Get out your decoder glasses as Dr. Emily Weiss digs into the meaning of this common canine behavior—and shares how you can use this info to help the dogs in your care.
I am that science geek in the elevator who gazes at you instead of sticking to the convention of looking down or away. I am fascinated by nonverbal communication—how animals (including us) use their bodies to communicate approach or avoid, approval or disapproval, fight or no fight, among other things. In an elevator, humans display classic behavior indicating no fight—heads tilted slightly downward, eyes avoiding eye contact, body turned to avoid full frontal interaction, arms down on either side of the body. The best part is when the door opens to receive more humans and the jostling and movement ensues, as folks try to move their bodies without contacting others. While we only utter soft murmurs of verbal communication (“Excuse me,” “Sorry” or the like), our bodies are in full-blown chatter mode!
Canines have a wide range of nonverbal communication, and an understanding of that communication can shift any interaction we have to something much more impactful. I have shared here previously the meaning of a variety of behaviors, including what it means when a dog touches you and the importance of the soft eye gaze. Engaging in an interaction with a dog while wearing your decoder glasses can be powerful. Without them, a dog jumping up to your face with soft body and long lip often ends with a dog whose stress level is increased because you simply are not hearing him scream his clear communication of “Greetings. I come in peace.” With those decoder glasses on, the jumping ends quickly and the dog quickly dis-arouses simply because you ‘heard’ (i.e. saw) him.
Another great nonverbal canine communication to recognize is the front paw raise, in which you will see the leg lift and bend at the elbow and also at the carpus (wrist). This behavior is a sign of appeasement, and you will most often see it when dogs greet each other (or you), or when they are aiming to take part in something another has in their possession (your bowl of ice cream, for example).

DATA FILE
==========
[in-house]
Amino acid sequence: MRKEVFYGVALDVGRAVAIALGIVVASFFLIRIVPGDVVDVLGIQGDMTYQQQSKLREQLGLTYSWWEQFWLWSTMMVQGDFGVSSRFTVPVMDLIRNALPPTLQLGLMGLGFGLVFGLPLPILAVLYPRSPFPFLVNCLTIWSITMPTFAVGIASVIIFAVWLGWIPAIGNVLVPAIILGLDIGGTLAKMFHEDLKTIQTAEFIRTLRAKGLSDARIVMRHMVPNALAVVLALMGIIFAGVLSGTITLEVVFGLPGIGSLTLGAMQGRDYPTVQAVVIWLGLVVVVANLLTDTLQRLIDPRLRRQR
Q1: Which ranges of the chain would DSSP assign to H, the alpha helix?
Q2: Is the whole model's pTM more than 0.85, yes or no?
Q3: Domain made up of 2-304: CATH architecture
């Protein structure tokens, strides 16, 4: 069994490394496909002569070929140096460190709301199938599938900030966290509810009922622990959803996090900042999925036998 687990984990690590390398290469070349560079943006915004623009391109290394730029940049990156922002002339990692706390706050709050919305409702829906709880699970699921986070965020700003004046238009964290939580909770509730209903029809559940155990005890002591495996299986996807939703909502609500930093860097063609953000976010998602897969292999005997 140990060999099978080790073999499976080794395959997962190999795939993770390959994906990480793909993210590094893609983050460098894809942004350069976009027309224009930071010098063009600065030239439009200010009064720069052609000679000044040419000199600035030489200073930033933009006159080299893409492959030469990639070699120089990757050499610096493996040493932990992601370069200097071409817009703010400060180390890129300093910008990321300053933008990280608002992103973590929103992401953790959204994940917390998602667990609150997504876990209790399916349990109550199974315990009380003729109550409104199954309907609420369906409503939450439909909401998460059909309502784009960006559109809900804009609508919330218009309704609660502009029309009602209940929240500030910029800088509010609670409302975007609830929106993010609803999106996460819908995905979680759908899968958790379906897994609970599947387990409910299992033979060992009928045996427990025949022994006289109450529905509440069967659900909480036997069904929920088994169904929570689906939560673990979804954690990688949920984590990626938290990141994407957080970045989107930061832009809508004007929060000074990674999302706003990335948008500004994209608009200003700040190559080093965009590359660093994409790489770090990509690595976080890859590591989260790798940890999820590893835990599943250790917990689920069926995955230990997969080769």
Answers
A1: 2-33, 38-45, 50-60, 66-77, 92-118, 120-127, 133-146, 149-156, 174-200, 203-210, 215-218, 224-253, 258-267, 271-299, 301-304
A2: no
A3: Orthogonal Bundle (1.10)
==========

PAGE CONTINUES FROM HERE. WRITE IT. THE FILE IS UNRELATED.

Why is this behavior important (besides what my boy Tide thinks, which is that if you know I would like to share your ice cream, you are more likely to give me some…)? While the behavior happens in several contexts, dogs who are unsure of an interaction and want to avoid conflict are quite likely to paw raise. The behavior can help you tell if you need to soften your interaction or response to his behavior. When I interact with a dog and I see a paw raise, I check my body and head position. I find that often I have approached full-frontal which, in canine communication, is bossy and bold. You can also watch for the paw raise when doing dog-to-dog introductions—dual appeasement is ideal.
See this interaction between my dog Tide and his buddy, a border collie named Bluefish. Fish is an appeasement master. Note his body soft and turned to the side in relation to Tide, his tail and head low—and his paw clearly raised.
Tide is a little less savvy, but you can see his reciprocal paw raise as well. In this slo-mo version, you can really see the chatter between the two of them.
The more we understand dogs’ nonverbal communication, the more we can do to support their needs and help them shine. Do you have a staff or volunteer meeting coming up? How about asking them to bring their decoder glasses? Grab some video footage of human-canine and canine-canine interactions at your facility, and look for those cues together. The interactions are likely to improve, as is the behavioral health of the dogs in your care. And then there is the added bonus of elevator rides becoming one of the most fascinating times in your day!